Review: Flavor-Tripping With Miracle Fruit Tablets

Geek Culture

A platter of deligthful taste sensations. Photo: Jonathan LiuA platter of deligthful taste sensations. Photo: Jonathan Liu

A platter of deligthful taste sensations. Photo: Jonathan Liu

A couple years ago, a good friend of mine (let’s call him Nate) came across an article in the New York Times (which he forwarded to oodles of friends) about miracle fruits, a small berry from West Africa that temporarily rewires your taste buds so that sour things taste sweet. The article was about people in New York having these bizarre taste parties, where you’d pop a berry into your mouth, swirl it around for a while and spit it out, and then eat lemons, drink Tabasco sauce, and any other odd things you could think of.

Ever since then, we’ve been dying to try it for ourselves. But of course the only place you could get these here in the U.S. was from some specialty food stores or some guy from Florida. But for a while Miracle Fruit Man was sold out (thanks in part to the New York Times coverage) and even in stock the berries will cost you around two bucks each (though you can get them in bulk, which brings the price down closer to a dollar). Recently, though, I discovered that one of our favorite retailers of wondrous things, ThinkGeek, sells Miracle Berry Fruit Tablets. At $14.99 for a 20-serving box, I figured it was worth a try.

When we realized that we could pay Nate a visit on his birthday, I placed an order for the tablets and told Nate that we’d be arriving with some accouterments to go along with the package he’d be receiving. He was suitably intrigued, particularly when we arrived on his doorstep with a grocery sack of lemons, limes, kiwis, grapefruit, strawberries, baby carrots, and a bag of salt and vinegar potato chips. We made him guess what was in the package before he opened it:

The box was light, nearly empty. My best guess was a t-shirt, maybe one with pictures of sliced fruit on it? But no, I opened away and out slid an avocado- green and red box, like the kind you get upscale chocolate in. But the box had a picture of a bunch of little red globules, looking more or less like the red-hots I remember from my youth. The label said, in large letters, …. something in Chinese.

But beneath it in English it said: Miracle Fruit Tablets.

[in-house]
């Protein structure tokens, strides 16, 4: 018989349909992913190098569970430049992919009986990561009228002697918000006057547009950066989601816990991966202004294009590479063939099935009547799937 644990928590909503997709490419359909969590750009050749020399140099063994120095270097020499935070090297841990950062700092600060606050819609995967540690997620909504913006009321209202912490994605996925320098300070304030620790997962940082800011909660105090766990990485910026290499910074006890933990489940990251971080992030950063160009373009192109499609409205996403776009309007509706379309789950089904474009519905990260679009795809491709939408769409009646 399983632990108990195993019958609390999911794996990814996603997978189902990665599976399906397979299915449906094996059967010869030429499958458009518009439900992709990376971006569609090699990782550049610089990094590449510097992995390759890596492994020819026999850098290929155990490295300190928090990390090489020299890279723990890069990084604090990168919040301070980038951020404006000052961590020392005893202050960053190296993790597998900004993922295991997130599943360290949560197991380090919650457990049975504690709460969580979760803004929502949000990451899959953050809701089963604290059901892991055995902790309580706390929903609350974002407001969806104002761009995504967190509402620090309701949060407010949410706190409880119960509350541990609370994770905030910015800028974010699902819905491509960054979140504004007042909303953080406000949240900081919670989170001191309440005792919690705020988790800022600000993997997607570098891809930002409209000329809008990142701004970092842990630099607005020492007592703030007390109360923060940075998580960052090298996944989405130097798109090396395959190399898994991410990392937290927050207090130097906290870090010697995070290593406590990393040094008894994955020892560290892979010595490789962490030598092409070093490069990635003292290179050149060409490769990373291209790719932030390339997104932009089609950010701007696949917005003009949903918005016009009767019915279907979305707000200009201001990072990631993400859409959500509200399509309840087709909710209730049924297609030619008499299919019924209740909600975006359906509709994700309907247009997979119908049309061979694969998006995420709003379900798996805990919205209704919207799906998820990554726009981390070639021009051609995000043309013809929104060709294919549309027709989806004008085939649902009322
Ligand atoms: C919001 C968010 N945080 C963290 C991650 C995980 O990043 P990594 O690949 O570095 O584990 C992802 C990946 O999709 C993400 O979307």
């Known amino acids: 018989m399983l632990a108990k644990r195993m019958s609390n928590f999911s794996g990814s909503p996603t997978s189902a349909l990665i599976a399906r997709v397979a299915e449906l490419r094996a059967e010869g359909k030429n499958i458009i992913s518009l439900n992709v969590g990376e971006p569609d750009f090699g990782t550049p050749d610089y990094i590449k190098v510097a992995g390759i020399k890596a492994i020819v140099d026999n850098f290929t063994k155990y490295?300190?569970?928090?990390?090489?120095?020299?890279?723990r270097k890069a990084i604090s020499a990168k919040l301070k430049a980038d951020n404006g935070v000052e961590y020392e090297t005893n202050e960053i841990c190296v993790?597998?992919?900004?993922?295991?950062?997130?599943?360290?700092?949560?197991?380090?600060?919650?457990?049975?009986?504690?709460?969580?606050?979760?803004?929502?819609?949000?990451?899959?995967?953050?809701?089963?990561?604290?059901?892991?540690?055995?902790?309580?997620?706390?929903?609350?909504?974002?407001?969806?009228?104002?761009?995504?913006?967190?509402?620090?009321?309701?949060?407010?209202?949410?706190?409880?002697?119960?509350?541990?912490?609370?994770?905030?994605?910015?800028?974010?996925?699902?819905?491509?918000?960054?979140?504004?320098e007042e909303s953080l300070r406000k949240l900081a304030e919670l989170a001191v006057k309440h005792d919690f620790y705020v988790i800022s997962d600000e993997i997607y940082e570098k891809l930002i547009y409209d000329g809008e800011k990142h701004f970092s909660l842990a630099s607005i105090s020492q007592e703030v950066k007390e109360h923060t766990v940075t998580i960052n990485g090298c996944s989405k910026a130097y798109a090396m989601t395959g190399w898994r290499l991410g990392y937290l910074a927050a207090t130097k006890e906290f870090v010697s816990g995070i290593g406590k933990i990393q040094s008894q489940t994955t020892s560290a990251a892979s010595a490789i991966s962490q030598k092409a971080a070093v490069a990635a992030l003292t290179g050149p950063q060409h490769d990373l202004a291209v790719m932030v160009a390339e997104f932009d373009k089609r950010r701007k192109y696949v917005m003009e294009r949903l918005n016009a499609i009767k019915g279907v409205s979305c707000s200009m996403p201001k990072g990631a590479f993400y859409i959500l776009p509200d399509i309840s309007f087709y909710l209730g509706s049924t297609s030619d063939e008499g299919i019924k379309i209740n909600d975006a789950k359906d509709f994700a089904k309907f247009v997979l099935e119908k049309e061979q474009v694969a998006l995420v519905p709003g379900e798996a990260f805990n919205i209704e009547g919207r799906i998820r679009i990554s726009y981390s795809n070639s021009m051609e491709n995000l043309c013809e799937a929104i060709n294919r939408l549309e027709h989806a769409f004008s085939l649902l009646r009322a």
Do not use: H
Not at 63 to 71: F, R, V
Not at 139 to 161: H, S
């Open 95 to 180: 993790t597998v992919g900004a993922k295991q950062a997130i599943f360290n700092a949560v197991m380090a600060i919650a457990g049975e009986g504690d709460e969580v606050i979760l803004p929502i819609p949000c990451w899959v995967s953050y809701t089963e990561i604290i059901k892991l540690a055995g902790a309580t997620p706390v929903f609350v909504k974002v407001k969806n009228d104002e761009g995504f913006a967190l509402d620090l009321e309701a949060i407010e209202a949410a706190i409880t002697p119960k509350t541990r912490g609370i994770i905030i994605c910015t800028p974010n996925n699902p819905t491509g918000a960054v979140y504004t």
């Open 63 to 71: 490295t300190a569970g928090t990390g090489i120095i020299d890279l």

Suddenly I realized what this meant.

The ten tablets come in a blister pack, dusty pink in color. Made of dehydrated miracle fruit juice, they taste a little fruity but nothing spectacular. We each took a tablet and swished it around on our tongues until fully dissolved, which took a few minutes. (The suggested serving size is half a tablet, or a full tablet for a more intense experience—we all went for intense.) Then, the tasting began. Here’s how Nate described it:

I reached for the plate of lemons and took a nice big slice, bit right in and sucked the pulp like I was a youth soccer player with his orange segment at halftime. It tasted like … very sweet lemonade. There was still a tang to it, I didn’t have a sense that the flavors were missing or masked, just that everything was sweeter.

So it went with all the items on the platter. Lime = limeade or the sweet lime water they give you in India when you’re dehydrated. Carrots = sweeter than the crazy-sweet variety I’d bought in the supermarket in Nairobi 10 years back. Strawberry and kiwi = fruit on a fruit tart. Salt-and-vinegar chips = I dunno, sweet potato chips?

We didn’t have the nerve to swill any vinegar directly, though we did try a bit of [basalmic vinegar] salad dressing, which of course tasted sweeter.

It was so much fun I had to go back to cut up more of everything. The effect lasted roughly 45 minutes (the instructions say it will last anywhere from half an hour to an hour), at which point we noticed that things were gradually becoming more sour. When you bite into a lemon and it tastes like lemon, it’s time to stop.

We invited Nate’s parents to try them as well. It was amusing when his mother started with a bite of lime and didn’t really react with any amazement. It turns out she’d never tasted a lime before sans miracle fruit and didn’t have any expectation of what it was supposed to be. But trying the other fruits had a more noticeable effect for her. Somebody made the comment that this is what we missed in the 1960s, dissolving mysterious tablets on our tongues and playing with our perceptions. Fortunately, though, this sort of tripping is fairly tame and doesn’t come with any side effects or unwanted flashbacks.

Maybe you can come up with some other sneaky uses for it. We dreamed up a few potential scenarios: what if you could mix some of this into a main course which wouldn’t really be affected by the taste, and then served some dessert with fresh strawberries? Your guests would wonder how you managed to make them so sweet! Or they might just make a great practical joke if you could find a way to get them into somebody’s food when they weren’t looking.

Either way, I highly recommend giving these a shot—it’s well worth the $15 for a pretty remarkable experience, and currently ThinkGeek has a buy three, get one free deal, so you could pick up a few for your friends.

Wired: A naturally-occurring fruit that messes with your sense of taste, in handy (and affordable) tablet form! So much fun, you’ll be glad you got that free fourth box.

Tired: Not much, unless you’re a stickler for authenticity and prefer the actual fresh berries.

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